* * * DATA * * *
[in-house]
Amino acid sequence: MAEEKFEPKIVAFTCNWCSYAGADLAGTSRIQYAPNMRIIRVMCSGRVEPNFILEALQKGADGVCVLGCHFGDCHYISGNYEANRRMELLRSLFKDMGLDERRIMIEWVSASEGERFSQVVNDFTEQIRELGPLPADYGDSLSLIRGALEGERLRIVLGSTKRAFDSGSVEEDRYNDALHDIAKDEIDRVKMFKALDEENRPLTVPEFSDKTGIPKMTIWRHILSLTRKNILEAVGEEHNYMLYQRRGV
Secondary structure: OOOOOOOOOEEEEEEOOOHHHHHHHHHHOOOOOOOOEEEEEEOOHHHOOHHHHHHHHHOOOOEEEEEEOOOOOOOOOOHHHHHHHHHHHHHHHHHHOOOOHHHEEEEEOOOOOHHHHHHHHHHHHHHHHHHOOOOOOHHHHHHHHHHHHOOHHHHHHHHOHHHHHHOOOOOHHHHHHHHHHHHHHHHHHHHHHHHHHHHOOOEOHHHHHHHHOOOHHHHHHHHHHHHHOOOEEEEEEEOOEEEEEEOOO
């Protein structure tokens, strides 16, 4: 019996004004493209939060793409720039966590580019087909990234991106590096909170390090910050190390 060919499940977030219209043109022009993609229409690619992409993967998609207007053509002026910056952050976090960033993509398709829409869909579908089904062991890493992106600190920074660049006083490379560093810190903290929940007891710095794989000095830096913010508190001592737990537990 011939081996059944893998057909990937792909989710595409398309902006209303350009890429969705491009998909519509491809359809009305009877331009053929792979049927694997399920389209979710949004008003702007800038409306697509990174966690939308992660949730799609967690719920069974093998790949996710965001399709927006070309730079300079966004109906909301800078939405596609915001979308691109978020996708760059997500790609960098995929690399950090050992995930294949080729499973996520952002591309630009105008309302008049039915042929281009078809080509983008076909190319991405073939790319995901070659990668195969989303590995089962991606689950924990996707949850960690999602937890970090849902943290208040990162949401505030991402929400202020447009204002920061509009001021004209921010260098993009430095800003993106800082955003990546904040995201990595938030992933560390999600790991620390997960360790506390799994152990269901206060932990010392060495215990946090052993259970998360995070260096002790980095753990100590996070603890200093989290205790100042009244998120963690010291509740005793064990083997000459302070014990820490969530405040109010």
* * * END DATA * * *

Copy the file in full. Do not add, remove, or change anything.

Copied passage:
[in-house]
Amino acid sequence: MAEEKFEPKIVAFTCNWCSYAGADLAGTSRIQYAPNMRIIRVMCSGRVEPNFILEALQKGADGVCVLGCHFGDCHYISGNYEANRRMELLRSLFKDMGLDERRIMIEWVSASEGERFSQVVNDFTEQIRELGPLPADYGDSLSLIRGALEGERLRIVLGSTKRAFDSGSVEEDRYNDALHDIAKDEIDRVKMFKALDEENRPLTVPEFSDKTGIPKMTIWRHILSLTRKNILEAVGEEHNYMLYQRRGV
Secondary structure: OOOOOOOOOEEEEEEOOOHHHHHHHHHHOOOOOOOOEEEEEEOOHHHOOHHHHHHHHHOOOOEEEEEEOOOOOOOOOOHHHHHHHHHHHHHHHHHHOOOOHHHEEEEEOOOOOHHHHHHHHHHHHHHHHHHOOOOOOHHHHHHHHHHHHOOHHHHHHHHOHHHHHHOOOOOHHHHHHHHHHHHHHHHHHHHHHHHHHHHOOOEOHHHHHHHHOOOHHHHHHHHHHHHHOOOEEEEEEEOOEEEEEEOOO
């Protein structure tokens, strides 16, 4: 019996004004493209939060793409720039966590580019087909990234991106590096909170390090910050190390 060919499940977030219209043109022009993609229409690619992409993967998609207007053509002026910056952050976090960033993509398709829409869909579908089904062991890493992106600190920074660049006083490379560093810190903290929940007891710095794989000095830096913010508190001592737990537990 011939081996059944893998057909990937792909989710595409398309902006209303350009890429969705491009998909519509491809359809009305009877331009053929792979049927694997399920389209979710949004008003702007800038409306697509990174966690939308992660949730799609967690719920069974093998790949996710965001399709927006070309730079300079966004109906909301800078939405596609915001979308691109978020996708760059997500790609960098995929690399950090050992995930294949080729499973996520952002591309630009105008309302008049039915042929281009078809080509983008076909190319991405073939790319995901070659990668195969989303590995089962991606689950924990996707949850960690999602937890970090849902943290208040990162949401505030991402929400202020447009204002920061509009001021004209921010260098993009430095800003993106800082955003990546904040995201990595938030992933560390999600790991620390997960360790506390799994152990269901206060932990010392060495215990946090052993259970998360995070260096002790980095753990100590996070603890200093989290205790100042009244998120963690010291509740005793064990083997000459302070014990820490969530405040109010």